So, how do I build up my faith? The main mechanism for increasing faith is to hear the word of God. “Faith comes by hearing and hearing by the Word of God” (Romans 10:17). Listening to the faithful and faith-filled preaching of God’s Word is a positive way to boost your faith in God. Get into God’s Word, the Bible, and believe what God speaks to you from its pages.

Now, to be more thorough in my explanation let me pull some key thoughts out of the Apostle Paul’s sermon on faith, in Romans 10:6-17. Paul declares that Faith produces Righteousness which cannot be gained by serving the Mosaic Law. Faith involves a heart conviction which is expressed in our words. The heart conviction is that Jesus came from heaven, died for our sins and then God raised Him from the dead. The verbal declaration is that Jesus is Lord of your life. The act of believing in Jesus rescues you from shame and brings deliverance in your situation.

So faith involves a conviction of heart that is then expressed in your life.

As we hear God’s Word our heart conviction that God is able to do more than we could ask or think is built up. Our faith is increased. That faith needs to be put into action, by our confession of Christ as saviour, and by other appropriate expressions of our confidence in God.

Let me now take you to Hebrews 11, the great Faith Chapter in the Bible, to find another simple way to understand what you have to believe to have effective faith. I call this the Faith Two-Step. It’s found in Hebrews 11:6.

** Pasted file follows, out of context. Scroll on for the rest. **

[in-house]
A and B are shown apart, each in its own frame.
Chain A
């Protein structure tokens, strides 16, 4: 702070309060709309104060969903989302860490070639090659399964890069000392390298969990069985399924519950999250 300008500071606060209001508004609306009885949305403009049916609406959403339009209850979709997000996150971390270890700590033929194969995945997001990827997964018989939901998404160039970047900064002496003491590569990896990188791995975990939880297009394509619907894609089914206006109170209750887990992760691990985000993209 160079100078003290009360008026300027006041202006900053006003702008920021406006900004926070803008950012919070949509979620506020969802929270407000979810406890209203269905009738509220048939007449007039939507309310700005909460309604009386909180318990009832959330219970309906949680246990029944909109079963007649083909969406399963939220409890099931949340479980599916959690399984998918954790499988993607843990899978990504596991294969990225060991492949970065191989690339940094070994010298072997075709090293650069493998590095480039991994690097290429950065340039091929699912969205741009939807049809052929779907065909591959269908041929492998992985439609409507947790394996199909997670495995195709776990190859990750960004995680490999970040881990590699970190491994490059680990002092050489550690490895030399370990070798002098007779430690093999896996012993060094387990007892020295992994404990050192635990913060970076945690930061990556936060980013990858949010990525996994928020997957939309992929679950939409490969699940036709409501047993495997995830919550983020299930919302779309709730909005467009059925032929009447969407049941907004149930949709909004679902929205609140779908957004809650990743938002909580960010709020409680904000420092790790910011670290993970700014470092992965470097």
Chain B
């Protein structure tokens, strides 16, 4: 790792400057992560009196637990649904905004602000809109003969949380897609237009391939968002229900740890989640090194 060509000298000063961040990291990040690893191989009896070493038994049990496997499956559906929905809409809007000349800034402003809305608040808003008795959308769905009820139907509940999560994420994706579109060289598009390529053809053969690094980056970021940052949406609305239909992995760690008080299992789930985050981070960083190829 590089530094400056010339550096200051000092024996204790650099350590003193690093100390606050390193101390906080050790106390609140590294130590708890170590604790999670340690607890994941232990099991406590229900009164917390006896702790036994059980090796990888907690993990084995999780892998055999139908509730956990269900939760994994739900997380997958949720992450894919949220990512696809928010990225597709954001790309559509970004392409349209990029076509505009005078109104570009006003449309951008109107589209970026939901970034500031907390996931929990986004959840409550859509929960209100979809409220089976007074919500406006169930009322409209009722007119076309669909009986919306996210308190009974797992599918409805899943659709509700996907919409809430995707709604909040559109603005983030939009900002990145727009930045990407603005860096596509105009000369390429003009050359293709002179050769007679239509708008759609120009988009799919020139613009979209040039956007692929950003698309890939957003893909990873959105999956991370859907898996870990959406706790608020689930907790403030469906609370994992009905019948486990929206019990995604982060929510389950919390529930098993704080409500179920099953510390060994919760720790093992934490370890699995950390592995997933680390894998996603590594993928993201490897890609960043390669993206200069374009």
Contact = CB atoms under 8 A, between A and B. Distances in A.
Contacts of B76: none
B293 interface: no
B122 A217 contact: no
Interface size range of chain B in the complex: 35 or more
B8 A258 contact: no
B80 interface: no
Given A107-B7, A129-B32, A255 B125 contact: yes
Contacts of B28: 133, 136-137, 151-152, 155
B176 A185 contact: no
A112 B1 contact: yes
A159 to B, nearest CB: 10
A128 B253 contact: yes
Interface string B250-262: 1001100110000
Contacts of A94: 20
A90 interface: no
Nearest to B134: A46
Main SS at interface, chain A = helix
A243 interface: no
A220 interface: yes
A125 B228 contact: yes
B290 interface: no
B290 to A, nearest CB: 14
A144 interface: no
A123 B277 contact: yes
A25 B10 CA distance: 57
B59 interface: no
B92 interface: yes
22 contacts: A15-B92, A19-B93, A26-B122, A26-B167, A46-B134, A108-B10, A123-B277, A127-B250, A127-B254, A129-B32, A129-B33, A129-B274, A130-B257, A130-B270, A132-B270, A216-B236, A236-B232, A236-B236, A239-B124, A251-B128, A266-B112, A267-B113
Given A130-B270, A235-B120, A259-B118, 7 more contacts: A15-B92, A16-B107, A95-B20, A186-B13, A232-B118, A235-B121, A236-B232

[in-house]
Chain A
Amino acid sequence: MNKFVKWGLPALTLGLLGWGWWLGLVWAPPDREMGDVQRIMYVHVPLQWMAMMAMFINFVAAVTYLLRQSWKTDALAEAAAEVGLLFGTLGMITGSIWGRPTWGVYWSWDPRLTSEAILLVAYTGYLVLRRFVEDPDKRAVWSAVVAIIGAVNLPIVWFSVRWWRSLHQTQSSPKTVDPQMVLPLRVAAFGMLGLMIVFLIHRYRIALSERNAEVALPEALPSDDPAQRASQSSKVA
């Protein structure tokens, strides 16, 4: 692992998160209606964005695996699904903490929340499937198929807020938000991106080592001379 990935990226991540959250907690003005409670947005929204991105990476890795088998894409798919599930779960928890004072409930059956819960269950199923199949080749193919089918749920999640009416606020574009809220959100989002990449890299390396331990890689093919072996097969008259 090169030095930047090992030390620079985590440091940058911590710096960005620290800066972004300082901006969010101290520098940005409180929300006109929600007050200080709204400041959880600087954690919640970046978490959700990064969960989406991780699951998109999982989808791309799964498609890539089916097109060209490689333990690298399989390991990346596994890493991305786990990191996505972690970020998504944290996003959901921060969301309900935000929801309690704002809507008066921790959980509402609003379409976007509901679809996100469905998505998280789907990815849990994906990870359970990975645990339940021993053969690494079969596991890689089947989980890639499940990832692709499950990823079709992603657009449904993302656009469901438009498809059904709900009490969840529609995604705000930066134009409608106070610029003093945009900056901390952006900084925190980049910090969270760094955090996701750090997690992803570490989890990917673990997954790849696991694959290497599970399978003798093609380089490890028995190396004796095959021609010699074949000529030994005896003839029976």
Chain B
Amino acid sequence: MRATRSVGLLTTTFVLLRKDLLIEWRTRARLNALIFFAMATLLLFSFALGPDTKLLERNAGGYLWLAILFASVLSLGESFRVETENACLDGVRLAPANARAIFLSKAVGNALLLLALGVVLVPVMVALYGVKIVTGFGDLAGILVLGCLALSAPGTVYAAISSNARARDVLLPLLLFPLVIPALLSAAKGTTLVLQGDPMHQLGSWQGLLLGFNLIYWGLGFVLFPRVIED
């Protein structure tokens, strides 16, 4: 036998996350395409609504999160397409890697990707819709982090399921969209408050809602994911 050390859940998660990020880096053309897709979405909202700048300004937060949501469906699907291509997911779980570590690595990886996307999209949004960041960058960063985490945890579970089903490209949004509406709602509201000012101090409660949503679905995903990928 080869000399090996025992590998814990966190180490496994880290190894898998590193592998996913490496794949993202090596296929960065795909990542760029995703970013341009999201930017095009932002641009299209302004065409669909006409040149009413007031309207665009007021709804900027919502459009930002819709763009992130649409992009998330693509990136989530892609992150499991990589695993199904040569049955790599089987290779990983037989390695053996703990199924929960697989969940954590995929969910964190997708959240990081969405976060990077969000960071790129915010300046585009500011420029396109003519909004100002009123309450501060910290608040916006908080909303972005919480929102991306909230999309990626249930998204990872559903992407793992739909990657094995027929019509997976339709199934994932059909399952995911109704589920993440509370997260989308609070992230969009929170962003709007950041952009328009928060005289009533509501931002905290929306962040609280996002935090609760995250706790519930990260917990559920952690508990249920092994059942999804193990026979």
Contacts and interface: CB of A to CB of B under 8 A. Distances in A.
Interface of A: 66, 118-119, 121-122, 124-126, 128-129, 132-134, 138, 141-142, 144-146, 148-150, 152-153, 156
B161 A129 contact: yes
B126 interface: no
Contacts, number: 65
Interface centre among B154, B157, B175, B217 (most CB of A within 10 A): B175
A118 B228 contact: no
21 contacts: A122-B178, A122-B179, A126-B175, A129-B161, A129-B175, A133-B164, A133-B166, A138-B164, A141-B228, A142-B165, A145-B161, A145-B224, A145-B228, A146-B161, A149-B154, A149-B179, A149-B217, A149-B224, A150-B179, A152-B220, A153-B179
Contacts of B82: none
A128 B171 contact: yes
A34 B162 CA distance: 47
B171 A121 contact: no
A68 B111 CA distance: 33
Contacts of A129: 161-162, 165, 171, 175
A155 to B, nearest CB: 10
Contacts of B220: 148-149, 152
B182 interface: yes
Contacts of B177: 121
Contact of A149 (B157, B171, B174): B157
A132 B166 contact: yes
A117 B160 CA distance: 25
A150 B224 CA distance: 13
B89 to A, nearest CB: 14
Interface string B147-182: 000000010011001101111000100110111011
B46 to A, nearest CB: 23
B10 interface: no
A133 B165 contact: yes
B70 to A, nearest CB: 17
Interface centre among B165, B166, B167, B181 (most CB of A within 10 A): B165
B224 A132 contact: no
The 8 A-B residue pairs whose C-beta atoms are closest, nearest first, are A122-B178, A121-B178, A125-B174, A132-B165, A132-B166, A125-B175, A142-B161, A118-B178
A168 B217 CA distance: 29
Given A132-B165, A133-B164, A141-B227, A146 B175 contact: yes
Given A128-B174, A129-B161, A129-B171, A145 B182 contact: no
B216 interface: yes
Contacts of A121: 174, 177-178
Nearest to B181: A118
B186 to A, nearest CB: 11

“But without faith it is impossible to please him (God): for he that comes to God must believe that he is (exists), and that he is a rewarder of them that diligently seek him.” Hebrews 11:6

Firstly that verse declares the absolute centrality of faith in our life and experience. It is absolutely vital in our relationship with God, since only by faith can we please God.

Faith is then described as two compatible beliefs. The first is a belief in God, Himself. We must believe in His existence, as He reveals Himself in the Bible. We “believe that he is” – which means we believe Him to be all that He says He is. He is all powerful, holy, loving, gracious, eternal, and so on.

Next we must believe that God responds to human initiative. While God is able to do whatever He wants to do, He has somehow connected His actions to ours. While He can do far more for us than we can imagine, He limits what He will do, waiting on us to prompt Him to action. He is a “rewarder of those who diligently seek him”. This means He does not give His grace equally to all. He measures out more of His blessing to those who take initiative and action to draw upon His grace.

In this verse we have the convergence of Calvinist and Arminian concepts of God. God is indeed supreme, yet God has also limited Himself, at least to some degree, to the actions of mankind.

I have two simplistic questions, the Faith Two-Step, which I use to get to the grist of faith in this key verse. First question is: “Can God Do It?” This question challenges our heart with, “Do we believe God to be who He says He is?” It speaks to the “believe that he is” portion of Hebrews 11:6.

The Second question is: “Will God Do It For Me?” This question challenges our heart with, “Do we believe that God will use His eternal power for your benefit?” It speaks to the “he is a rewarder” portion of Hebrews 11:6.

Many people believe God is able to do miraculous things, but they don’t believe that God will do anything for them. Thus they only have one part of the Faith Two-Step. God’s sovereignty is real, but it won’t impact your life if you don’t activate personal faith in God.

Allow me to encourage you to build up your most holy faith (Jude 1:20). Make it your intention to boost your confidence that God can do anything. Nothing is impossible to God. Then build up your confidence that God is a rewarder of those who diligently seek Him.